Restore a chroot to a different machine

On a chromebook you can set up chroots. This is possible through crouton. Chroots are separated environments that run all your linux software on the same kernel as the host machine. The result is you can take a chroot and copy it to a completely different machine and everything will run as before. That is just a fantastic and super easy way to keep all the environments on different machines in sync. So I routinely copy over chroots from one to the other machine, here is how to do that.

I use a chromebox and a chromebook. The chromebox is faster and has a better internet connection (over ehternet). So I tend to set up the chroot on the chromebox and then copy it to the chromebook. That is actually very easy.

The chromebox becomes the source machine and the chromebook is the target. The first step is to make a backup of your chroot on the source machine.

cd ~/Downloads
sudo edit-chroot -b trusty

Now copy the backup to a medium. I use a USB stick.

cp trusty-datestring-timestring.tar.gz  /media/removable/USB\ Drive/

That datestring-timestring will look like 20160607-2007 or similar.

On the target machine remove the old chroot if the name is the same, otherwise you can leave it there. Then insert the USB Drive and restore the chroot.

To remove the old chroot: sudo edit-chroot -d trusty

I assume you already have crouton on this device if not download it from https://goo.gl/fd3zc

cd ~/Downloads
sudo sh -e crouton -r trusty -f /media/removable/USB\ Drive/trusty-datestring-timestring.tar.gz 

That is all. You now have an identical chroot with all your software on the target machine.

I have set up virtual box on the source machine so when I fire up the chroot on the target I get this error.

/etc/rc.local failed with code 2

You can either set up the condition for virtual box (see my post from June 7) or get rid of the error. To get rid of the error make rc.local non executable with:

sudo chmod 644 /etc/rc.local

The error will not reappear. Obviously virtualbox will not be able to start on the target machine.

Written with StackEdit.

Tuesday, June 7, 2016

Setup Chromebook for development

June 7th, 2016.
This how I set up my chromebook, I do some development work, mainly front end and quantitative programming. I share this because some of it is hard to find out. This page owes a lot to a sources, I mention them in the text. All the work on crouton is borowed from David Schneider, but there other sources as well.

Go into developer mode

Depends on the machine on the Asus chromebox depress the reset button (next to the Kensignton lock) and the start the machine, nex release the reset button. After that pres Ctrl-D at the prompt (there is no hint on the screen). A good source for developer mode is: http://www.chromium.org/chromium-os/developer-information-for-chrome-os-devices

Install the crouton extension

Crouton is an easy way to get access to a full linux setup on your chromebook, you will find everything you need here: https://github.com/dnschneid/crouton
First install the crouton extension, this is for integration with your browser. You can get it by this link: crouton extension.

Setup crouton

Download crouton (it is a script). You can get it here: https://goo.gl/fd3zc
Install crouton via these commands:
shell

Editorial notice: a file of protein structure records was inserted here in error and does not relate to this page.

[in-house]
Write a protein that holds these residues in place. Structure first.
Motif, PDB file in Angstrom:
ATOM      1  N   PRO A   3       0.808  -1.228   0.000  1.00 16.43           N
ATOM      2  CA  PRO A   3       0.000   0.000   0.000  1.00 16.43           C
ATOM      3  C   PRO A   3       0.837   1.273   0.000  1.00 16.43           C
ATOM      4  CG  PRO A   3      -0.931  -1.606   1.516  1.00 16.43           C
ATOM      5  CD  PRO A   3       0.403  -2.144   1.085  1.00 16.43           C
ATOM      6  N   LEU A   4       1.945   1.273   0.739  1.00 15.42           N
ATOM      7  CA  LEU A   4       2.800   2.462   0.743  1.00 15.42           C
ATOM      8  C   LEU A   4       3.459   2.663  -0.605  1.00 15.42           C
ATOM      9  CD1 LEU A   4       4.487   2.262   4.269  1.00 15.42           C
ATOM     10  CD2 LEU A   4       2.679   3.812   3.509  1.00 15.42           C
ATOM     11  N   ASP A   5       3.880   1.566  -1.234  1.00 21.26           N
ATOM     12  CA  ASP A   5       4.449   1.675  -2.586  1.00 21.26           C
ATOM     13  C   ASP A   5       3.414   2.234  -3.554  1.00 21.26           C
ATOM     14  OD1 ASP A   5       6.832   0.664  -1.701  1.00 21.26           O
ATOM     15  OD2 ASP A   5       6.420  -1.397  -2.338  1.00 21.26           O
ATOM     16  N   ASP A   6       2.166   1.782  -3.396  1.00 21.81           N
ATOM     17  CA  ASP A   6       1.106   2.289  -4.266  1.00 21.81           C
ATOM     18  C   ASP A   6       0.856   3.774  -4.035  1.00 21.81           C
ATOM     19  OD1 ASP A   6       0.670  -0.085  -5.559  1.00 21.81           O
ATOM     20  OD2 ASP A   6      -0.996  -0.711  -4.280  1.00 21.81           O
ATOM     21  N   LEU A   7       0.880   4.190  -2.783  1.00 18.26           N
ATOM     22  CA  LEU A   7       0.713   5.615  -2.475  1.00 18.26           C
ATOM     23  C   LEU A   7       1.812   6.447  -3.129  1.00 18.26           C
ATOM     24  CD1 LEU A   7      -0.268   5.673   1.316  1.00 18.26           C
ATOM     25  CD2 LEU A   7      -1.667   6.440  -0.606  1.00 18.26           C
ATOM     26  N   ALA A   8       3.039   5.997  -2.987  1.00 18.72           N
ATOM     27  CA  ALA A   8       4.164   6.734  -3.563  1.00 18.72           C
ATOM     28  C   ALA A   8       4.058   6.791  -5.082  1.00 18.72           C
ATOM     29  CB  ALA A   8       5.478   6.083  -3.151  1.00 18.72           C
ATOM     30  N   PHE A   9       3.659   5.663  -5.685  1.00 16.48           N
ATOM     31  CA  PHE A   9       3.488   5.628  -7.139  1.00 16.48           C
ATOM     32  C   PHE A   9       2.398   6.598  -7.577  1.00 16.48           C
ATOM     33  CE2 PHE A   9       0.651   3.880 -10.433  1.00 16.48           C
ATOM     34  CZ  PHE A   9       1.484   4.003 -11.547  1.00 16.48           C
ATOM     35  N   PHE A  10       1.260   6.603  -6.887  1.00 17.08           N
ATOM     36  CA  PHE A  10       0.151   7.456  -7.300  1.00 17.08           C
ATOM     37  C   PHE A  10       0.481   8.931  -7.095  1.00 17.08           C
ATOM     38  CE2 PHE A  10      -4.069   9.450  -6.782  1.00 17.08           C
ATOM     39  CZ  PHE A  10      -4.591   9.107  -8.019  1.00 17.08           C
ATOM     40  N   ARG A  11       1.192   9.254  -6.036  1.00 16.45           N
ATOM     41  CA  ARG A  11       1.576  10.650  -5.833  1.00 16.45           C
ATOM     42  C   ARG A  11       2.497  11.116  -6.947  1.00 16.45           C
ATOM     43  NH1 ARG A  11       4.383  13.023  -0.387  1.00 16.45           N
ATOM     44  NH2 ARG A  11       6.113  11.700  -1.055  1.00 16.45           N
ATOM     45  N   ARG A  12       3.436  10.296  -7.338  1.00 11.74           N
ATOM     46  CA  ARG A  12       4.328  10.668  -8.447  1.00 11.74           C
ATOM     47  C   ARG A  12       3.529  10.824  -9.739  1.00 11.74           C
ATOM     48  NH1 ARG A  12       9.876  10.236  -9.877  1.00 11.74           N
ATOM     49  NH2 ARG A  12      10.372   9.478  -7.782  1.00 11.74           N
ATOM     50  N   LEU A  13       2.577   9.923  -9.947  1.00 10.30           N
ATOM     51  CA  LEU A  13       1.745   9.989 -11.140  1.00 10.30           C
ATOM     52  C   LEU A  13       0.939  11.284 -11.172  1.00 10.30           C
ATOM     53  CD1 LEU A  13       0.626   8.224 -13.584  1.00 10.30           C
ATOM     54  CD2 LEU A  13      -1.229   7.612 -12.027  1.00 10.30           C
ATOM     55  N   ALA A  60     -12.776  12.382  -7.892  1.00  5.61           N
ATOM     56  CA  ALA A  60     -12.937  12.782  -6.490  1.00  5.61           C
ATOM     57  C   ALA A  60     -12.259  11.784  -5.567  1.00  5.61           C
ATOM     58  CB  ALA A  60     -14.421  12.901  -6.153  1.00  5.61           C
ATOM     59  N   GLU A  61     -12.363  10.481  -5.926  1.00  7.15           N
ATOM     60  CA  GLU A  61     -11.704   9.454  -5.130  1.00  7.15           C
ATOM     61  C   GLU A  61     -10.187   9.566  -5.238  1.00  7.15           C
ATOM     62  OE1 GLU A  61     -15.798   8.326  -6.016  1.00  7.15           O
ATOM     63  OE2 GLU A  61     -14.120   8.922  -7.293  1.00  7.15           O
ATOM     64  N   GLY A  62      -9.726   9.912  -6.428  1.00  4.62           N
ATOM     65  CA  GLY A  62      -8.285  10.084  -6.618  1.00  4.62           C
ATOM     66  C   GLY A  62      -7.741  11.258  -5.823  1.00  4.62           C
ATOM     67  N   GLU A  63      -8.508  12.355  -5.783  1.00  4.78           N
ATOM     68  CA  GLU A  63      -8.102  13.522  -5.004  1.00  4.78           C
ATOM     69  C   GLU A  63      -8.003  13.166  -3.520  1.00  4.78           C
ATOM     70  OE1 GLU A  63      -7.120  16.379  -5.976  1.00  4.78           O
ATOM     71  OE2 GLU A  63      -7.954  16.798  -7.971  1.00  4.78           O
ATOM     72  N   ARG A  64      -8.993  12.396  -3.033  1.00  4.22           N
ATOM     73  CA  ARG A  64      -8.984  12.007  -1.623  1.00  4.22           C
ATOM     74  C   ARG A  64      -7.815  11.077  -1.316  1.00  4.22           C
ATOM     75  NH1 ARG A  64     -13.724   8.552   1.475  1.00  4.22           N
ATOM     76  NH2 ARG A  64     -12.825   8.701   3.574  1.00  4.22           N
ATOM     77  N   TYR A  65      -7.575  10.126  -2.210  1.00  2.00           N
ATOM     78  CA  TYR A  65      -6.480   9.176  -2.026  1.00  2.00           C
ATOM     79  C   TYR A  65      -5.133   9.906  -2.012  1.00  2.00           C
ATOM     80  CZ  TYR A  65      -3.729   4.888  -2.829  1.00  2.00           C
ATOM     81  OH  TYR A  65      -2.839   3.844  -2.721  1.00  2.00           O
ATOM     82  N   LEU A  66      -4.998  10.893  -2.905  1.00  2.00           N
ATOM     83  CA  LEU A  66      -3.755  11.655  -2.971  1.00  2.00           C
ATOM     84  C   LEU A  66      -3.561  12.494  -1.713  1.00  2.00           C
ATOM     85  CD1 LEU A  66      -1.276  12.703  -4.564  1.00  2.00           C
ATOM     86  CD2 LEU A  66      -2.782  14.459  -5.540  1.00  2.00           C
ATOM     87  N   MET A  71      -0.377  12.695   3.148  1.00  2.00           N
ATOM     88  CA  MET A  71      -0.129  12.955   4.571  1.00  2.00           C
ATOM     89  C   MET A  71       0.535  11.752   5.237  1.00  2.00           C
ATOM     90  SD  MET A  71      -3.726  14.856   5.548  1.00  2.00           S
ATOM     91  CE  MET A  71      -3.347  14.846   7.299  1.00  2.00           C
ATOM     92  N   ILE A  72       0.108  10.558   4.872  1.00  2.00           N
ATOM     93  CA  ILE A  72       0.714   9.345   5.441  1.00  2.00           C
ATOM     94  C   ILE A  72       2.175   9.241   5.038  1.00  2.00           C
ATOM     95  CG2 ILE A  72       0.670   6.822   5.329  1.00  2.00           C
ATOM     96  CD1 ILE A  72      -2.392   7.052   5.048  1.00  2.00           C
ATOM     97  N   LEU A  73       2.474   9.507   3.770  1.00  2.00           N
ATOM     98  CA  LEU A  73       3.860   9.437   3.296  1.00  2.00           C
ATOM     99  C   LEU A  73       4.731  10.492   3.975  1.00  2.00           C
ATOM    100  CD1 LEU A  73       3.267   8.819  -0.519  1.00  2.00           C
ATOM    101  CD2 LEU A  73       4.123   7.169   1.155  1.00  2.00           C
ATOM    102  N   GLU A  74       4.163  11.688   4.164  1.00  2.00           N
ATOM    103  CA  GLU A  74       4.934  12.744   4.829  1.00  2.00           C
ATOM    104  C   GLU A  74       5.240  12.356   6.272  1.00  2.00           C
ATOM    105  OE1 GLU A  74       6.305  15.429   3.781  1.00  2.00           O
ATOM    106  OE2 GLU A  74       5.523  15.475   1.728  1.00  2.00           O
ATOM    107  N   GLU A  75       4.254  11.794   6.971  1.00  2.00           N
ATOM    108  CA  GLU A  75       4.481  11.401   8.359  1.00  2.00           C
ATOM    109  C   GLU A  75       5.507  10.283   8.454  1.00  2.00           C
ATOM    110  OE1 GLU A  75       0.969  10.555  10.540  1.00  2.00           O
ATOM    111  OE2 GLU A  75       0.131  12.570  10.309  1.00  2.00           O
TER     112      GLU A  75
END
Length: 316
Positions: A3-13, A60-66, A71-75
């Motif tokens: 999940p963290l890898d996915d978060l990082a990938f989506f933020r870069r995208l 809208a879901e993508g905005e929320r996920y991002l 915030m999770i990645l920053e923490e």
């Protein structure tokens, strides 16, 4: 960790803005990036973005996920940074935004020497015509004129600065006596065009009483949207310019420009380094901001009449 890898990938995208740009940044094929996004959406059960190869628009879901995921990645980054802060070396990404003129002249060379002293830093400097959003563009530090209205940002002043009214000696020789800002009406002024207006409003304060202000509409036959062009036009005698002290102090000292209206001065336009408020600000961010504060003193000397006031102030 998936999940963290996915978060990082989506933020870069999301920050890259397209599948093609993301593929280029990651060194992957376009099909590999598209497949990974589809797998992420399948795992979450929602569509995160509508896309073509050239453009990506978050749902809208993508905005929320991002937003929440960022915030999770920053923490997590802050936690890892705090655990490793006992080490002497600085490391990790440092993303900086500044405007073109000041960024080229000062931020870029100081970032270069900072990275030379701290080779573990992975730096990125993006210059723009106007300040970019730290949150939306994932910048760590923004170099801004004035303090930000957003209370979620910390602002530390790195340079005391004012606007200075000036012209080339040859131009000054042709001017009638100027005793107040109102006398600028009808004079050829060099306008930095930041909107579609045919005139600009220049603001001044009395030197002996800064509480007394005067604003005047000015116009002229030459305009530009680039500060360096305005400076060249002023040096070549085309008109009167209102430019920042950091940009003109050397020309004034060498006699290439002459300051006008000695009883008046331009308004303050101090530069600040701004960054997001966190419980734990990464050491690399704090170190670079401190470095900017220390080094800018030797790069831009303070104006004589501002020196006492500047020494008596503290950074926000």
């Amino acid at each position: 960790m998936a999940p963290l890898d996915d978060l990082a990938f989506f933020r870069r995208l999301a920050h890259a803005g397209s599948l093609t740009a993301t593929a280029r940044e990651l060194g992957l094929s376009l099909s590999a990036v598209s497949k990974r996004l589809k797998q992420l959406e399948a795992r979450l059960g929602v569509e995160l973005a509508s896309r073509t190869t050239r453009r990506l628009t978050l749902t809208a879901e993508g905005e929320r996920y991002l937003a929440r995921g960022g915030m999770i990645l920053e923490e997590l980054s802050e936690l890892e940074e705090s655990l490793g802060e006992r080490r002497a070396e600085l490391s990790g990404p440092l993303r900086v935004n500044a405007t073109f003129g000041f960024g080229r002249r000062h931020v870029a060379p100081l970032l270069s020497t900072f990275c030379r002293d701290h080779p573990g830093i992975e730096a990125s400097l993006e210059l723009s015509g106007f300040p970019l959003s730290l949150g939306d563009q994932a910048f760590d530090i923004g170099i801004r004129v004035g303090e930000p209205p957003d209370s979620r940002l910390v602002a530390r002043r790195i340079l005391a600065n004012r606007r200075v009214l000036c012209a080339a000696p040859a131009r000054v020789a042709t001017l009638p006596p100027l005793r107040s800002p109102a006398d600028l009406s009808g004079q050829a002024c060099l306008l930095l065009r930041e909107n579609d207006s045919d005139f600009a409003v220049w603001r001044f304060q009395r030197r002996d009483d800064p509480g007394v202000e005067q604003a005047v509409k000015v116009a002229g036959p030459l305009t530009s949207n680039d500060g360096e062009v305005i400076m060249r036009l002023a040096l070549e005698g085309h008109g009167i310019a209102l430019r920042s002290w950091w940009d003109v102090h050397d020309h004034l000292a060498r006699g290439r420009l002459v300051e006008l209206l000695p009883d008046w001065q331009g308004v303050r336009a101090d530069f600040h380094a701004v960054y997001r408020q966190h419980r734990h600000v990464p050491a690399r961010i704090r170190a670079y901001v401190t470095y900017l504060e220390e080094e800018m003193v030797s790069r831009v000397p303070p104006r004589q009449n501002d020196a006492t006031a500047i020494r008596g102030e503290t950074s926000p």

sudo sh ~/Downloads/crouton -r trusty -t core,xiwi,keyboard,x11,cli-extra,extension,xfce
After it runs you can enter the chroot with sudo enter-chroot, this will get you into Ubuntu.

Setup software in Ubuntu

This section is borrowed from this website: https://medium.com/@martinmalinda/ultimate-guide-for-web-development-on-chromebook-part-1-crouton-2ec2e6bb2a2d#.mdjctop47 however the setup for nodejs is not functional if you want to use gulp. I have changed that section in the part below.
This part of the set up is done in the chroot, see above.
You may, of course choose, what you want to install, this is just what I figured out and wanted to share.

Git

sudo apt-get install git
Using version control is quite essential.

NPM + NodeJS

curl -sL https://deb.nodesource.com/setup_4.x | sudo -E bash -
sudo apt-get install -y nodejs
Check your version with node -v, you can check you have the most recent on NodeJS.org.
For other nodejs versions, for example 0.12 use in stead:
curl -L http://deb.nodesource.com/setup_0.12 | sudo bash -
and then
sudo apt-get install nodejs
and then to compile and install native addons from npm you may also need to install build tools:
sudo apt-get install -y build-essential
To be able to install packages into global directory, we need to move it under home:
npm config set prefix '~/.npm-packages'
echo 'export PATH="$PATH:$HOME/.npm-packages/bin"' >> ~/.bashrc
//this should work now:
npm install -g bower grunt gulp ember-cli babel

Web starter kit

This is not really software the web starter kit from github on google/web-starter-kit is a template for web (apps). The dowload version of 0.6.3 does not seem to work well the cloned version does.
I found gulp with web starter kit (from google) does not run well with the latest gulp (3.9.1) so you may want to downgrade to 3.9.0. with
npm install -g gulp@3.9.0
This is a solution from Yeoman, see http://stackoverflow.com/questions/35832739/error-with-gulp-serve-requiring-external-module-babel-register/36475122#36475122

Sublime Text 3

Sublime is very popular, I am not a fan, I prefer Zed, a native app for chrome, you can get it here: https://chrome.google.com/webstore/detail/zed-code-editor/pfmjnmeipppmcebplngmhfkleiinphhp?utm_source=chrome-app-launcher
For sublime follow this section.